International humanitarian law governs the code of conduct regarding the armed conflict. The law, also called the rules of the war, determines what can and cannot be done in instances where armed conflict arises. It is present to reduce suffering, save lives and maintain the most humanity possible in armed conflicts. The law regulates war ethics by attempting to limit suffering and weaken the adversary (Solis, 2021). The most significant aspect of international humanitarian law is that all one hundred and ninety-six states have ratified it, making it universal. Any party fighting a war must respect the rules of war regardless of whether it is a state or non-state group. If they disregard these laws, they are liable for prosecution by states and international courts investigating war crimes and prosecuting the perpetrators.
The Geneva Conventions, which were first implemented in the 19th century, form an integral part of the International Laws of War. These conventions protect the people not involved in armed conflict by limiting the tactics and weapons that fighting parties can use (Sassòli, 2019). These limits go a long way in curbing brutality and preventing excessive harm to non-fighting parties in armed conflict. For instance, in 2014, the IHL was invoked to allow civilians caught up in the conflict in South Sudan to get to safety. In international and domestic courts, IHL helps the prosecution determine if a state or non-state militia is guilty of war crimes (Longobardo, 2019).
The investigation process for the prosecution of militia groups accused of breaching IHL is governed by the Geneva Conventions. The conventions dictate that countries must investigate any parties accused of violating the IHL by individuals, observers, groups or countries. One such case is the punishment of the war criminals accused of committing mass crimes against civilians and breaching the IHL during the late twentieth-century Bosnian war. The conventions also allow the U.N. Security Council to impose necessary restrictions and sanctions to promote the observance of IHL among warring parties. These sanctions include trade bans, an arms embargo and travel bans. The International Committee of the Red Cross (ICRC) is charged with guarding the IHL laws (Sassòli, 2019). It tracks how warfare evolves, making necessary recommendations so that the rules of law can be updated to suit the modern conflict environment.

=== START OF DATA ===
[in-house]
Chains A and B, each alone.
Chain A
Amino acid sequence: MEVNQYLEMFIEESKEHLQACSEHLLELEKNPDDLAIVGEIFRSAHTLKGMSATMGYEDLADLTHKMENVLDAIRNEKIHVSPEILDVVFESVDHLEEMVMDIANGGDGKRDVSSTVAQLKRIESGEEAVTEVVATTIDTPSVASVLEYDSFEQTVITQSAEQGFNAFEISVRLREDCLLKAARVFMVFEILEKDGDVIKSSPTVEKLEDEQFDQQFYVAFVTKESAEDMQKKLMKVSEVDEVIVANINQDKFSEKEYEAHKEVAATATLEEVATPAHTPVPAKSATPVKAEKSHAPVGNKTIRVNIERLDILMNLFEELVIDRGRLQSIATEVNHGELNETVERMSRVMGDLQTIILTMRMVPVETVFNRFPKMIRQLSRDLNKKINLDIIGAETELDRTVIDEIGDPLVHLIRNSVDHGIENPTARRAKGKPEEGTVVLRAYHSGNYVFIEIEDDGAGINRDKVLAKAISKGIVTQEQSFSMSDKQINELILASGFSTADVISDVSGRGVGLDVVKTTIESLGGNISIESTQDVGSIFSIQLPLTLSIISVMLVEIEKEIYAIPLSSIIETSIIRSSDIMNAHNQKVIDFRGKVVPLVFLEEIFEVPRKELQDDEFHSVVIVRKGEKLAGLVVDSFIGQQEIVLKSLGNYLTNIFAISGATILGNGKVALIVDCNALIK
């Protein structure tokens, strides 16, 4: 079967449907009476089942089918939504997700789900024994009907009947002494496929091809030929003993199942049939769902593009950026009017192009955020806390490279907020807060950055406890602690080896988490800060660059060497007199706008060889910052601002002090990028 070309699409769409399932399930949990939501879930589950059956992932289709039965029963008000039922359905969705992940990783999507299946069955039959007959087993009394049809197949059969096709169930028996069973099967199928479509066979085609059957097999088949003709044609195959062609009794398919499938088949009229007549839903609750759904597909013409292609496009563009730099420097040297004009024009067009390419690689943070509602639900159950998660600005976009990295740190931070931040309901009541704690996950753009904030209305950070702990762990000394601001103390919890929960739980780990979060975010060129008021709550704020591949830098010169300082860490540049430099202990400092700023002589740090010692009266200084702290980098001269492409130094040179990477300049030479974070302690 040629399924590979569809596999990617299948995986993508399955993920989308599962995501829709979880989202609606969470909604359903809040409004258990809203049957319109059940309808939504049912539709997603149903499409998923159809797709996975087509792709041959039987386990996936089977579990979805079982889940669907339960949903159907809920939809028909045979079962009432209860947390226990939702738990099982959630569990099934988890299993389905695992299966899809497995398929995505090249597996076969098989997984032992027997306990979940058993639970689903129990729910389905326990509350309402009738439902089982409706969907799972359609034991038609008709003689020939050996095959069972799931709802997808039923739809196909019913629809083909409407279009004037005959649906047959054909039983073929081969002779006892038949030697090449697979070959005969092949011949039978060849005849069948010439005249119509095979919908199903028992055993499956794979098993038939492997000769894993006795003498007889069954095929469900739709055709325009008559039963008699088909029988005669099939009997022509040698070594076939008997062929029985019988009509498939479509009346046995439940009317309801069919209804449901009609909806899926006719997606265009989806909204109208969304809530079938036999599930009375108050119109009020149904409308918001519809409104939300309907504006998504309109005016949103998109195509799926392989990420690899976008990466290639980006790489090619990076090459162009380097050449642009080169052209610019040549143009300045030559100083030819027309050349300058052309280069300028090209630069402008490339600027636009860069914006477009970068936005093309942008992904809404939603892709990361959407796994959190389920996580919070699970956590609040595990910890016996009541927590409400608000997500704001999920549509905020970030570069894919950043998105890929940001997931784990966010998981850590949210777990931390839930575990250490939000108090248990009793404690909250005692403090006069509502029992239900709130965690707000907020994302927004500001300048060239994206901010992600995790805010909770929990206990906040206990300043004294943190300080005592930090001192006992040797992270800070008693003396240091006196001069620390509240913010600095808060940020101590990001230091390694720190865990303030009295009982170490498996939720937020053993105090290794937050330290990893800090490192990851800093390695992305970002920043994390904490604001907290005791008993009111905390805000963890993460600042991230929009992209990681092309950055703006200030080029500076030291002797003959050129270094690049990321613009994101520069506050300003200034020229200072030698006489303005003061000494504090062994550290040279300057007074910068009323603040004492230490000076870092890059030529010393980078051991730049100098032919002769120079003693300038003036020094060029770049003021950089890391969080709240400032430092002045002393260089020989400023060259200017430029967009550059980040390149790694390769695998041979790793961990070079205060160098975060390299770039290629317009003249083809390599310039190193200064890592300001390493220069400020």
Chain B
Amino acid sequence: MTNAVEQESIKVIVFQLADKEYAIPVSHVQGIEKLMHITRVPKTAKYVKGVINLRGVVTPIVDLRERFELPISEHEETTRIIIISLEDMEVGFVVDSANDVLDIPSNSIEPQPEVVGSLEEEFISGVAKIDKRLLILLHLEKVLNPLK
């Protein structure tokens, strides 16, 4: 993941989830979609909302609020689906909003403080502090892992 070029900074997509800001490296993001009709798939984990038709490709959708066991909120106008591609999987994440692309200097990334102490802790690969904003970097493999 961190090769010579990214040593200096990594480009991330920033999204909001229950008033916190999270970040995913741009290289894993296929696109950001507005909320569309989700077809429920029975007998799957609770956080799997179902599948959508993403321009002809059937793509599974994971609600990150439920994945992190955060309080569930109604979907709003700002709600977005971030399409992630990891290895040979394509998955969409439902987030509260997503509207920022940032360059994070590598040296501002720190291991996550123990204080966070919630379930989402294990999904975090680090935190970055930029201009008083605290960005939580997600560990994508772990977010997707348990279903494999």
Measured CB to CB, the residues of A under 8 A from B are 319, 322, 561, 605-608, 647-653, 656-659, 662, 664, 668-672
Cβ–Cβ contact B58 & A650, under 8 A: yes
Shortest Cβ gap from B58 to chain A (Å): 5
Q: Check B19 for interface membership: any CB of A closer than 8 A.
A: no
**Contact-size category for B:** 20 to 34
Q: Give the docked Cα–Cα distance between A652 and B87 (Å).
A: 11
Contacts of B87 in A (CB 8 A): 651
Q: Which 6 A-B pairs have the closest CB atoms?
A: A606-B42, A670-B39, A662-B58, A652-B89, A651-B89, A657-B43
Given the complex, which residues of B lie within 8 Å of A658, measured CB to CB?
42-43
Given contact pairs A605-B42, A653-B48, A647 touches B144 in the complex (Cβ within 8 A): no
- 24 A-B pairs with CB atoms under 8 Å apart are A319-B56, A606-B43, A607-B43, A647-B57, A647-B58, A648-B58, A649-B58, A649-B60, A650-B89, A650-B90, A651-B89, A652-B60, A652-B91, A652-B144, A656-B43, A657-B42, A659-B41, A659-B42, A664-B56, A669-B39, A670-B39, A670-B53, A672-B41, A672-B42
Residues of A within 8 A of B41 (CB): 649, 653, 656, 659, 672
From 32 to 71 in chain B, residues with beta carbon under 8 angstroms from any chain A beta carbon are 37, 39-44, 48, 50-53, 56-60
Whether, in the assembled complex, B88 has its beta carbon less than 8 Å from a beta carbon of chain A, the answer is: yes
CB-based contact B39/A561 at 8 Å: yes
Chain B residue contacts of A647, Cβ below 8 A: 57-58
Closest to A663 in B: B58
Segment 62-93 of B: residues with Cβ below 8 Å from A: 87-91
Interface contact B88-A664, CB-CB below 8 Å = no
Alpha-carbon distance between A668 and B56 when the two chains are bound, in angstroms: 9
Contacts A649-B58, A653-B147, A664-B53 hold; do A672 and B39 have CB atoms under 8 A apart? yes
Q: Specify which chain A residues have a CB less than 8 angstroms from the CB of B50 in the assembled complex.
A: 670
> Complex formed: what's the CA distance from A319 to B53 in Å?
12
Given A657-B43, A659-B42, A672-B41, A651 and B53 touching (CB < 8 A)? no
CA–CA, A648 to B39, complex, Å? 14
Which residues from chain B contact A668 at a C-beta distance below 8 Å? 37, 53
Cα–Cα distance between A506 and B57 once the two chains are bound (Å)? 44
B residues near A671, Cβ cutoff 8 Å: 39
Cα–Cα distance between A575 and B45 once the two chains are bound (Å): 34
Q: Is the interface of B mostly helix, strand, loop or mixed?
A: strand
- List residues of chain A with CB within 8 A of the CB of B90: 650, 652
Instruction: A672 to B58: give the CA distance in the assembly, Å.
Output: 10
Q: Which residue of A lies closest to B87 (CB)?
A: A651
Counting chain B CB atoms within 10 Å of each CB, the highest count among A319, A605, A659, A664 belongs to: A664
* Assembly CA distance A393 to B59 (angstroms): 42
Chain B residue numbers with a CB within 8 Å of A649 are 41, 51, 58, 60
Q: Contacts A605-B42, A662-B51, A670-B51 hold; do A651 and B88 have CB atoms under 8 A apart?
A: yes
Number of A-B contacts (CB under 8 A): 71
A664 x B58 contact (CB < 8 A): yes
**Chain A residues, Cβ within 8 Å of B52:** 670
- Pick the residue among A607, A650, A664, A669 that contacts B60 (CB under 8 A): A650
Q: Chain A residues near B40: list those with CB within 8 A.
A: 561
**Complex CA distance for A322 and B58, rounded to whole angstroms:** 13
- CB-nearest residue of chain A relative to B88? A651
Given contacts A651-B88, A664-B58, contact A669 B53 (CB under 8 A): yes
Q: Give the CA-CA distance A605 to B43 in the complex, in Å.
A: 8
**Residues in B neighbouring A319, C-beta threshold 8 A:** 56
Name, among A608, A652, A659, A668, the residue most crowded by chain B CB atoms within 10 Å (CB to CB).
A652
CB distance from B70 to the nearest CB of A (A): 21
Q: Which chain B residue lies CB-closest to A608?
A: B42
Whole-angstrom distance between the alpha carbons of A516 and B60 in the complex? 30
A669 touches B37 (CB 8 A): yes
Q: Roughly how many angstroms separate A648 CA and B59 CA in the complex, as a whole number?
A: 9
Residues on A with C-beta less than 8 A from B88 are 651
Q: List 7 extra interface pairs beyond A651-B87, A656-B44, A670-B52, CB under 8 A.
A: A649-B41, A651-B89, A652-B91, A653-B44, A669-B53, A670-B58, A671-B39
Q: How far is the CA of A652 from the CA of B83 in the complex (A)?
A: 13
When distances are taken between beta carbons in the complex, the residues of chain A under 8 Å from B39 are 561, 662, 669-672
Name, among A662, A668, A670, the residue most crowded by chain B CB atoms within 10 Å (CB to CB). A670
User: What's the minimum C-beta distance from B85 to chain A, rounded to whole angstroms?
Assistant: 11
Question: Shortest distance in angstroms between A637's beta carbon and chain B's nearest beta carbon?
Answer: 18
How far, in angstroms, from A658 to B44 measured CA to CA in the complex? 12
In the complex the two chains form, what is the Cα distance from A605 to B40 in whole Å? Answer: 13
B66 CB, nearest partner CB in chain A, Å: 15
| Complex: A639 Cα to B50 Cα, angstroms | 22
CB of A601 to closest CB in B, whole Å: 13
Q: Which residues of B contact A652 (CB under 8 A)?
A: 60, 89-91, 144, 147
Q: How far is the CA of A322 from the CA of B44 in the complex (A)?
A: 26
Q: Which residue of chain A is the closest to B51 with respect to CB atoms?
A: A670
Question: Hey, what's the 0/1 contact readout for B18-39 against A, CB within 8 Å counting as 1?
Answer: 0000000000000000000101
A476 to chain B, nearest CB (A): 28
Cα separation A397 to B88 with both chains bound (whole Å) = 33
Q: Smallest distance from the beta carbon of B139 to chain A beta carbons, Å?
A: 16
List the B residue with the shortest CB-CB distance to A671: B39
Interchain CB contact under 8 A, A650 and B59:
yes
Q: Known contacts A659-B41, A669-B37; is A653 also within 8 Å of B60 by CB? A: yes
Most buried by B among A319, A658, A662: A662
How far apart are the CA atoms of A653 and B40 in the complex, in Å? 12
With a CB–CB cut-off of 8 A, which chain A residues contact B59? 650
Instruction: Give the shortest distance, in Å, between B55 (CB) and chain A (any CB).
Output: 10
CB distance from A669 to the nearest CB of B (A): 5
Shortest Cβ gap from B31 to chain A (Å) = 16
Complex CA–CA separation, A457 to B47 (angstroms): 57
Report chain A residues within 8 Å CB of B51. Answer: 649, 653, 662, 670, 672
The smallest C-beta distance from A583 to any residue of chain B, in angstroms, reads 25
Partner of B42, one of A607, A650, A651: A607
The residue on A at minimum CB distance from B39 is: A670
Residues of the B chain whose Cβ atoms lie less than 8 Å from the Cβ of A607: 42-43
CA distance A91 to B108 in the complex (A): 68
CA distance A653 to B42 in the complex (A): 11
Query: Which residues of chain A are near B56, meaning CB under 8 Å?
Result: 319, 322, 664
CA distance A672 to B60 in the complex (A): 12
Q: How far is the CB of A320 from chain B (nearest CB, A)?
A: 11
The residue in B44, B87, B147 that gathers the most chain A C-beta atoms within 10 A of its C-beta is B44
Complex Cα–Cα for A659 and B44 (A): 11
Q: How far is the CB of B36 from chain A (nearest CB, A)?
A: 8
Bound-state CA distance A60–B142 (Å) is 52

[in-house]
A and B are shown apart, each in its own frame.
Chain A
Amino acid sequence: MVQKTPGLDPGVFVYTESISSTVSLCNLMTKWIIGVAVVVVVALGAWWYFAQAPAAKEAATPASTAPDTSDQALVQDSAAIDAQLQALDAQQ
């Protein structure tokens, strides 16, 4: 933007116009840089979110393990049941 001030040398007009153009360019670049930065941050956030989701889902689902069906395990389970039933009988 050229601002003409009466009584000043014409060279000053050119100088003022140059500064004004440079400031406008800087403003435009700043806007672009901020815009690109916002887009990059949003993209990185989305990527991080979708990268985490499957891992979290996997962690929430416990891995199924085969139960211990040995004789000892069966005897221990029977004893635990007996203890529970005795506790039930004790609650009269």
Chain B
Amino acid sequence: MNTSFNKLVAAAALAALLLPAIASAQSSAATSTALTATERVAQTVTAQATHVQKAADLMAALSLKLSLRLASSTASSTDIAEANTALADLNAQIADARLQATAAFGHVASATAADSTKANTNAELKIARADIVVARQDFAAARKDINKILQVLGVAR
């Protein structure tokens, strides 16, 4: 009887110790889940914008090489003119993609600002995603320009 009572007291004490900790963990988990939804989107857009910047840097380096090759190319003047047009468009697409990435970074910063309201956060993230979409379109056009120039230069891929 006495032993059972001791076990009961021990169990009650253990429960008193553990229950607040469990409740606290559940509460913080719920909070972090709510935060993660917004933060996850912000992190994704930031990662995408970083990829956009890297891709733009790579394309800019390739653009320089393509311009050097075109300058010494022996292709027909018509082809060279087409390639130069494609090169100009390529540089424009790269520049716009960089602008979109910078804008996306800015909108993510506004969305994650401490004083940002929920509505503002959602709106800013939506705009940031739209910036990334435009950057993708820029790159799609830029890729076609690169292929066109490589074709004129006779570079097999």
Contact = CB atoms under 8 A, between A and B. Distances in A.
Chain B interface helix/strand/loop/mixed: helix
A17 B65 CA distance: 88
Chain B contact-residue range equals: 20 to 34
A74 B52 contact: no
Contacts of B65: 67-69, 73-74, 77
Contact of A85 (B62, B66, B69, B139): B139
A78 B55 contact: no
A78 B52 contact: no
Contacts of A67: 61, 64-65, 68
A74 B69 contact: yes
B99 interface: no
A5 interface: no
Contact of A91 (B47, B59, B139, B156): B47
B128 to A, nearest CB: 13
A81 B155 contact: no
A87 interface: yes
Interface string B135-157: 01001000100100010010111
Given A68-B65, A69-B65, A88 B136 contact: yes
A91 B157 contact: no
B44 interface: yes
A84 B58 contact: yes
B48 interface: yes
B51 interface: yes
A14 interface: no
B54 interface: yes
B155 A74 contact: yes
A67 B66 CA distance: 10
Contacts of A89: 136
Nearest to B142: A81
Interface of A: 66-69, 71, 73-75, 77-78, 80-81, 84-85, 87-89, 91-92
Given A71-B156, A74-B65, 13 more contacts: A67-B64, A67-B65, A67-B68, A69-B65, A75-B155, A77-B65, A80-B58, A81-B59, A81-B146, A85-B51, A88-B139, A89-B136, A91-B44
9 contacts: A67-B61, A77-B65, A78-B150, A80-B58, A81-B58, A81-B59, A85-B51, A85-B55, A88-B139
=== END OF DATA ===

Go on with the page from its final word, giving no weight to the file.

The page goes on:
Although there are numerous rules of war within the Geneva Conventions, several fundamental principles are essential to the ongoing world conflicts. The first is that warring parties must not target civilians. The definition of civilians in this context goes beyond people not involved in the war to their infrastructure, which includes houses, schools, sanitation and water facilities and hospitals (Gleick, 2019). Warring parties are not allowed to torture any of their detainees or subject them to inhumane treatment. Instead, their dignity and human rights should be upheld, meaning they must be given decent shelter, food and water, allowed to communicate with their loved ones and protected from violence (Davison, 2018). Warring parties should not attack aid workers and should allow humanitarian organizations to access war zones and offer help where needed.
Davison, Neil. “A legal perspective: Autonomous weapon systems under international humanitarian law.” (2018): 5-18.
Gleick, Peter H. “Water as a weapon and casualty of conflict: freshwater and international humanitarian law.” Water Resources Management 33, no. 5 (2019): 1737-1751.
Sassòli, Marco. International humanitarian law: Rules, controversies, and solutions to problems arising in warfare. Edward Elgar Publishing, 2019.
Solis, Gary D. The law of armed conflict: international humanitarian law in war. Cambridge University Press, 2021.
Longobardo, Marco. “The relevance of the concept of due diligence for international humanitarian law.” Wis. Int’l L.J. 37 (2019): 44.